Ripple has been making moves to expand its network of XRP-supporting Fintech institutions across the world. One recent move could help the company establish its presence in the land of the Red Dragon.
Ripple’s latest partnership was signed with the Institute for Fintech Research, Tsinghua University (THUIFR). THUIFR is an entity jointly established by PBC School of Finance, Institute for Interdisciplinary Information Sciences, School of Software and Law School at Tsinghua University in December 2017. It is a leading academic institute dedicated in research, policy advisory, exchange and cooperation, and innovative incubation in the field of Fintech.
Ripple and the Institute for Fintech Research partnership will aim to launch a Blockchain Technology Research Scholarship Program (BRSP) for graduate students in China. International regulatory policies and the development of blockchain technology should be main points this program will touch upon. The program is a part of Ripple’s efforts to establish communication and relationships with world’s leading universities through their University Blockchain Research Initiative.
Analyzing blockchain regulations and policies across the world is a topic with additional gravity in China, a country that has long been known for its strict stance on the technology. This didn’t stop the Chinese blockchain community from growing significantly and joining the blockchain revolution.
As such, the creation of BRSP should encourage a new wave of fresh blood that will help push the blockchain world even further in China.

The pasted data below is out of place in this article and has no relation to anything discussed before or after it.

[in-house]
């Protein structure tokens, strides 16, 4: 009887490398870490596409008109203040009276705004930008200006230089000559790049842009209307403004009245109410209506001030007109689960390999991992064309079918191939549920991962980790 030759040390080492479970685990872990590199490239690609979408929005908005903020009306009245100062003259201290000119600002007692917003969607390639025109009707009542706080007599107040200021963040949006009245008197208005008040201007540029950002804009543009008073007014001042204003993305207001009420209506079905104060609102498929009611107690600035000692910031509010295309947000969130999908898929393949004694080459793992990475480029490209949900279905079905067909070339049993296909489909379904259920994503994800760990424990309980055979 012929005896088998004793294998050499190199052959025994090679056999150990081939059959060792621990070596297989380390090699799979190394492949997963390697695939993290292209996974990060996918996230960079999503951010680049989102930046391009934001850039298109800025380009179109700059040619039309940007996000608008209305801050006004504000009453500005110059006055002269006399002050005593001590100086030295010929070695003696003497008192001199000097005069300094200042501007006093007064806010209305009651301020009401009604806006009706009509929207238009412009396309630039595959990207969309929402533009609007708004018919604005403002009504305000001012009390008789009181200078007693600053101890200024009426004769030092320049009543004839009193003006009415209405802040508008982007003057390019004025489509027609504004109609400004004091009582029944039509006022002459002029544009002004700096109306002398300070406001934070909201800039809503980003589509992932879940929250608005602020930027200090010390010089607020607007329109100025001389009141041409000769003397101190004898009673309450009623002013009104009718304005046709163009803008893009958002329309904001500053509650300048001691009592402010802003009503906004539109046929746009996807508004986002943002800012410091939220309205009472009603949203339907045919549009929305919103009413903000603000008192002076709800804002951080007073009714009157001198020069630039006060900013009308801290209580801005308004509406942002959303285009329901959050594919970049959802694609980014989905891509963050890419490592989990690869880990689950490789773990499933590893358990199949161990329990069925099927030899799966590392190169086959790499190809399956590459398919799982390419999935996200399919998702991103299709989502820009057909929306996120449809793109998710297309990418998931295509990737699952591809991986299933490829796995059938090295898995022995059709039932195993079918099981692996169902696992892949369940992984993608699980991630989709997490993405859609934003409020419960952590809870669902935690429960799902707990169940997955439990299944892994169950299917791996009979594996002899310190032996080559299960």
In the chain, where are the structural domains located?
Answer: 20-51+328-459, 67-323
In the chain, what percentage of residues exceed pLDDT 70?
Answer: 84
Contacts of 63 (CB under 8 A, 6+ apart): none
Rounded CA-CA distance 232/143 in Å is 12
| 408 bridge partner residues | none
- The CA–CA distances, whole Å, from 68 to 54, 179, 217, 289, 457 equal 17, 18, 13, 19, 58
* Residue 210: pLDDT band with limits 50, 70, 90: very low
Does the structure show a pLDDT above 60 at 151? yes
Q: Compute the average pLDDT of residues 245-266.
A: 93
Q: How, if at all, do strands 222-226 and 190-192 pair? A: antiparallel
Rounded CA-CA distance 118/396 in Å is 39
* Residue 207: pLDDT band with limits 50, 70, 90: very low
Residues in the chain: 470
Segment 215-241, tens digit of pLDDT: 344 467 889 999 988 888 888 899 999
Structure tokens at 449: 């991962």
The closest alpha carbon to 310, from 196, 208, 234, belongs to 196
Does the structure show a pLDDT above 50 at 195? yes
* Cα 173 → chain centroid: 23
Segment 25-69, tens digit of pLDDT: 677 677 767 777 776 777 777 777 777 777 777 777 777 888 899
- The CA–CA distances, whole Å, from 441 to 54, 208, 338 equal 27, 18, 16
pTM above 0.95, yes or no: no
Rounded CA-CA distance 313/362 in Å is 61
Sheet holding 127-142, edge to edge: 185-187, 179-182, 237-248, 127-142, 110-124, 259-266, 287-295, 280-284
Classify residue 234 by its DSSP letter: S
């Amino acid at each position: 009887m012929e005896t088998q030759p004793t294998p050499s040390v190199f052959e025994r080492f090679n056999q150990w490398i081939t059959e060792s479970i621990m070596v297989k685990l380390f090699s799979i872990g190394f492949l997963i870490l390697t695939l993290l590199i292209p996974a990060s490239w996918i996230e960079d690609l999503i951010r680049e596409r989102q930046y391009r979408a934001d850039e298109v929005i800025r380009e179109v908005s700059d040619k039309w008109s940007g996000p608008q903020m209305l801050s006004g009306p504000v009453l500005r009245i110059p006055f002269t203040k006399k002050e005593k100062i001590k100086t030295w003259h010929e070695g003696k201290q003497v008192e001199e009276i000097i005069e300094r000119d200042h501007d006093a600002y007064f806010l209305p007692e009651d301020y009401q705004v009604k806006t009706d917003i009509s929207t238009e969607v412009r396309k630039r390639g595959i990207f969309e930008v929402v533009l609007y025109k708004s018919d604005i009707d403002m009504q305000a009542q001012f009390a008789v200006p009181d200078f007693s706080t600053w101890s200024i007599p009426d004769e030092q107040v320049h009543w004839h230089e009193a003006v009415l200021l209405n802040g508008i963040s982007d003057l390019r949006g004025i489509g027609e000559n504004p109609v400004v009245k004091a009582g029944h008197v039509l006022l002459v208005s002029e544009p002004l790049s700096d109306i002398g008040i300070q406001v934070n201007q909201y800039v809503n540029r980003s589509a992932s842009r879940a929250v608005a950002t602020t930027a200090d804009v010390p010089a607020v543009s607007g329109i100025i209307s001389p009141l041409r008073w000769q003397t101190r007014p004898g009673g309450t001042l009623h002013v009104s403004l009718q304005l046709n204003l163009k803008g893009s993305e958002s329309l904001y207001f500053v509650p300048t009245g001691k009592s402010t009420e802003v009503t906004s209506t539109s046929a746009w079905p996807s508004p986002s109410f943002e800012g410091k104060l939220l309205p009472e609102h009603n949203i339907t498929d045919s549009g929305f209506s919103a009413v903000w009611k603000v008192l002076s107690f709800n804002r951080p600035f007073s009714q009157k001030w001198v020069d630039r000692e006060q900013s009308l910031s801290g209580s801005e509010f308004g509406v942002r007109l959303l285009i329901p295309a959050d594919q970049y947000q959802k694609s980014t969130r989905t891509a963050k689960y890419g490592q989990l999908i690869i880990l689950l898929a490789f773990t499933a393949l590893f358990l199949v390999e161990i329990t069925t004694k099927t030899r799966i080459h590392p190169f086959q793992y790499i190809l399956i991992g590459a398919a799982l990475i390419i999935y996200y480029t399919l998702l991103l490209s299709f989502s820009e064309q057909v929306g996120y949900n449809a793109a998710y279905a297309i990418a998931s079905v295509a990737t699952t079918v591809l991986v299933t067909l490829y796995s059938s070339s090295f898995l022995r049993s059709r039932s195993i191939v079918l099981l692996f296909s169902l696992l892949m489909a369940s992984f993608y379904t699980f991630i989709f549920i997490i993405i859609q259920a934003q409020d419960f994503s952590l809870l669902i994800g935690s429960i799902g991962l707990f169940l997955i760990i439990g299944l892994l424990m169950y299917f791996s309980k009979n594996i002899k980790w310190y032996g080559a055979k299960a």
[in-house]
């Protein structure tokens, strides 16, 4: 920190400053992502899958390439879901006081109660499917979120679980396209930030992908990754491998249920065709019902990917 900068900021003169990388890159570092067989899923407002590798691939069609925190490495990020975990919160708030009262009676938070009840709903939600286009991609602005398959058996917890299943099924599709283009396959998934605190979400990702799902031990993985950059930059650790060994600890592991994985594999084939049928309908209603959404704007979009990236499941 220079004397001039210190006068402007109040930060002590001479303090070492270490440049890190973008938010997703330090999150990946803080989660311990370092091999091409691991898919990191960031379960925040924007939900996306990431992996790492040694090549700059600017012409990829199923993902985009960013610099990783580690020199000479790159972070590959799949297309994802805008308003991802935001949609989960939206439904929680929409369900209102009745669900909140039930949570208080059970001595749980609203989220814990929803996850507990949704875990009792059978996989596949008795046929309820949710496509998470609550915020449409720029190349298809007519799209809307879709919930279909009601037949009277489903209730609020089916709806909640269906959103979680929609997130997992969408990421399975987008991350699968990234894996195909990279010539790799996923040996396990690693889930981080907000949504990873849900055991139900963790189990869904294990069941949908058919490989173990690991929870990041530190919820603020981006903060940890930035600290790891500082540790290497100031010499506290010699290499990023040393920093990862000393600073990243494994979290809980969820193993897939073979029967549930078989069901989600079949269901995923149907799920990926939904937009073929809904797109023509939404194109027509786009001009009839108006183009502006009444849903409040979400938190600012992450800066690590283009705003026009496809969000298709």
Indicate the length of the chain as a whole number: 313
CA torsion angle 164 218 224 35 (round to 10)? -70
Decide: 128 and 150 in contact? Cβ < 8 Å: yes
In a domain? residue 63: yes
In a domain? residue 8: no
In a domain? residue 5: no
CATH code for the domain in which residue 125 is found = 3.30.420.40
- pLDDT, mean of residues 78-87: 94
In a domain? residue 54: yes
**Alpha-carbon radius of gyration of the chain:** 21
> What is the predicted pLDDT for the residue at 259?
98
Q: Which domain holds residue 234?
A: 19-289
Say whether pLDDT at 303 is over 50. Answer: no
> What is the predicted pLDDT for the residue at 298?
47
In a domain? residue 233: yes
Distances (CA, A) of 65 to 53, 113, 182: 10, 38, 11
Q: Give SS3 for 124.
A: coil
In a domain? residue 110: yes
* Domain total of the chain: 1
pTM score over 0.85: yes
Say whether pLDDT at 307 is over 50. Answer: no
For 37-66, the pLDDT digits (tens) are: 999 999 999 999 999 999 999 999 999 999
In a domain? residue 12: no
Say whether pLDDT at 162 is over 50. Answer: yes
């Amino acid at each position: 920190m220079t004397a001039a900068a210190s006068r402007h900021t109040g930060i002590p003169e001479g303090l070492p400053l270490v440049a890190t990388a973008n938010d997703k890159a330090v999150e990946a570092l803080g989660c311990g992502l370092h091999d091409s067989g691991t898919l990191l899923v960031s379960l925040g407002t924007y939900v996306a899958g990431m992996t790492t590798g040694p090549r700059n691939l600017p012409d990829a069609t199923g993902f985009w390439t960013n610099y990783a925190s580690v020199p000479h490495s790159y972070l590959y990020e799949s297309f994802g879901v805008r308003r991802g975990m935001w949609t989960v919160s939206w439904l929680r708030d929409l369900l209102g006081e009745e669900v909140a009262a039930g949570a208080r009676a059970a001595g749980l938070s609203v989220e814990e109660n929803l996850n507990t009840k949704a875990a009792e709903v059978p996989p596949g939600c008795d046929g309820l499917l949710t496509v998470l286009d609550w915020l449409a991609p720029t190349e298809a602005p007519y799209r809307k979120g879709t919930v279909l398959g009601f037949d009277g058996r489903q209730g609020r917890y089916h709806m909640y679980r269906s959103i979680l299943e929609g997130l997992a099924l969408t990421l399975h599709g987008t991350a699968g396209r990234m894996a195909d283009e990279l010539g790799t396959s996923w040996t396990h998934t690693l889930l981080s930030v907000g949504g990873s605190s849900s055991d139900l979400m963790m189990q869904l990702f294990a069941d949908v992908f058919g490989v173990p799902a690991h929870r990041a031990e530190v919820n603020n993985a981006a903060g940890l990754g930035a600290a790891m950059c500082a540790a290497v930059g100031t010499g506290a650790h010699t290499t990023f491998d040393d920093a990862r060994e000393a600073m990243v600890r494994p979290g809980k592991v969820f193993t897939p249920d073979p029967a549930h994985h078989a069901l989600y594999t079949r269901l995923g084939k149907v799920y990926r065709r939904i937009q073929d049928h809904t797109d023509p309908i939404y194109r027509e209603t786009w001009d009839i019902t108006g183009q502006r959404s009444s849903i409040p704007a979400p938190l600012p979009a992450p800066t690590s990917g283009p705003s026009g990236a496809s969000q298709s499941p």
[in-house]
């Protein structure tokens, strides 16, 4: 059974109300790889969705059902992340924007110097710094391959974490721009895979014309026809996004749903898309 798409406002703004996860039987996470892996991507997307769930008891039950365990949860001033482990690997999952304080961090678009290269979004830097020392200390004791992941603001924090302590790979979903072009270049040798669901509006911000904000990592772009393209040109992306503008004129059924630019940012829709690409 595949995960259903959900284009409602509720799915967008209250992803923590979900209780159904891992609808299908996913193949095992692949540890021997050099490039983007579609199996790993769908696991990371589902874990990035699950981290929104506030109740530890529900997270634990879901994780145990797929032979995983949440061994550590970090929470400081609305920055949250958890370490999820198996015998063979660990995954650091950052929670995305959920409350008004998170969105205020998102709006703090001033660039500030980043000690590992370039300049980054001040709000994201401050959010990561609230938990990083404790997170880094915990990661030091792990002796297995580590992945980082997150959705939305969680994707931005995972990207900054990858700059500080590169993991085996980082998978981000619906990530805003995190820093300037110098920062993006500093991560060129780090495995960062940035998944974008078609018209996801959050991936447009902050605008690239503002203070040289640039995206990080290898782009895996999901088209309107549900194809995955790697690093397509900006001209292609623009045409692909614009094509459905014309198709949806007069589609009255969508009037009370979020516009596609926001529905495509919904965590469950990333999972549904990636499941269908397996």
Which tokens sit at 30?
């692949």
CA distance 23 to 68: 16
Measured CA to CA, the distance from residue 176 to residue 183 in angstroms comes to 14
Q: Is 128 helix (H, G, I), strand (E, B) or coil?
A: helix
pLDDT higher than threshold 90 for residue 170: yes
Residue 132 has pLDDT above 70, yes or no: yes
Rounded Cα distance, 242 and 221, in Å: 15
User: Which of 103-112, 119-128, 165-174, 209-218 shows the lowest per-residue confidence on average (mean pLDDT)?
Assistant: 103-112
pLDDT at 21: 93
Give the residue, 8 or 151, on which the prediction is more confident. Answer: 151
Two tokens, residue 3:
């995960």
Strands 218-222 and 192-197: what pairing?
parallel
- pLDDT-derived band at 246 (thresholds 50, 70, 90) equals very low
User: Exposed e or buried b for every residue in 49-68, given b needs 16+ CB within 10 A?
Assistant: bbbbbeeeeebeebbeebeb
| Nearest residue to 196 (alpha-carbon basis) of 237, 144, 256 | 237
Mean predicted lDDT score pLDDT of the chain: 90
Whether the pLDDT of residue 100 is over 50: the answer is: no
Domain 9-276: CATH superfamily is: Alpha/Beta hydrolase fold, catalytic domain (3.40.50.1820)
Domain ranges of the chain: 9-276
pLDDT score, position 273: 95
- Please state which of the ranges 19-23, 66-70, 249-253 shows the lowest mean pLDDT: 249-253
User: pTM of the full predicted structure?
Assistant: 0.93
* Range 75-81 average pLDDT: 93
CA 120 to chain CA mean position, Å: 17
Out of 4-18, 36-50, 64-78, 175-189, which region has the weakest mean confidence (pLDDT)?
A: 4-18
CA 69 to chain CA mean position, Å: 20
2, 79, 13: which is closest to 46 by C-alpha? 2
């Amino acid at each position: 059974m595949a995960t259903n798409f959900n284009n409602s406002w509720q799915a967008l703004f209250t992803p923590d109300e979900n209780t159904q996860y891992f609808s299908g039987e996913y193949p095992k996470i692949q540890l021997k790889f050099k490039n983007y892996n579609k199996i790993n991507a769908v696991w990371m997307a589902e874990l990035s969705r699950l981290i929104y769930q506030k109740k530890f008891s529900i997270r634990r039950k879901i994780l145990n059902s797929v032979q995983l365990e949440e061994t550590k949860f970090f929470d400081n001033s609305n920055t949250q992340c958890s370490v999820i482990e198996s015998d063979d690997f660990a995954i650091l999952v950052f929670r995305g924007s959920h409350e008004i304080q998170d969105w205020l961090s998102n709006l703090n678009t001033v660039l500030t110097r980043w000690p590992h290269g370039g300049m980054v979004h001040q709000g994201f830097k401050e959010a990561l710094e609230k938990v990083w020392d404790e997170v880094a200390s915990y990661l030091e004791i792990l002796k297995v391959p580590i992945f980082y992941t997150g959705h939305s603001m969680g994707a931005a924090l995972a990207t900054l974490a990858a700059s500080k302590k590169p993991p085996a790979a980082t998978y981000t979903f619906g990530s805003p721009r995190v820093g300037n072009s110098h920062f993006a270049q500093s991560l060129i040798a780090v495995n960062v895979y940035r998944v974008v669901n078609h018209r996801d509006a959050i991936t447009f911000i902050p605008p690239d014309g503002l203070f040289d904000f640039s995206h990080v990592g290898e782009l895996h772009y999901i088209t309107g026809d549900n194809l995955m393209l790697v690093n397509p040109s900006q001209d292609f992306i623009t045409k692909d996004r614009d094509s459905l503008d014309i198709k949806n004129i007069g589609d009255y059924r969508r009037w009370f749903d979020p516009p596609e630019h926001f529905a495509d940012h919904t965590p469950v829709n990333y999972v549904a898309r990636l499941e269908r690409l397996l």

“I believe that this program will greatly help with their future research or career in the field of blockchain technology,” said Ivy Gao, Director of International Cooperation and Development at THUIFR.
Comments from Ripple’s side were provided by Eric van Miltenburg, company’s SVP of Global Operations. Mr. Miltenburg believes that THUIFR’s efforts to introduce young Chinese people to the world of blockchain are exactly what Ripple likes to see:
“The program’s goal – to provide students with opportunities in blockchain research – closely aligns with that of Ripple’s University Blockchain Research Initiative. We’re thrilled to support THUIFR in this endeavor and look forward to its launch.”
Some members of the community weren’t so elated to hear that China will be getting its hands on Ripple technology:
“The skeptic/suspicion in me says nothing happens in China without the Government of China’s fingerprints all over it, on it, in it. Is this necessarily good for Ripple? China does not grant such access unless it sees a way to steal intellectual properties,” said Reddit user XRPingster. It ultimately remains to be seen how this partnership ends up developing. One thing is certain: it has the potential to help Ripple establish itself as a regional blockchain mainstay.
Good for Ripple is not necessarily good for XRP
XRP uses a different method of validating transactions as Bitcoin. The key distinction is that Ripple network is comprised of nodes that cannot be run by just anyone, even though XRP fans are quick to tell you that is not true. Technically, you can run a node but no one will know your node and won’t trust it if it is not on a centralized list that is selected by the company itself, completely undermining the decentralisation of the network. Those chosen to run validating nodes on the Ripple network are often big companies, financial institutions or banks themselves.
Moreover, some XRP holders mistakenly believe that the XRP token is fundamental element to the operation of the company’s cross-border payments solution. Sadly that is not the case as most banks appear to be favouring a Ripple product known as xCurrent that does not use XRP at all.
When coupled with the hostile stance of the Chinese government towards cryptocurrencies such as Bitcoin, as well as their crackdown on initial coin offerings (ICOs), it seems highly unlikely that a successful Ripple expansion into China would see a spike in XRP adoption.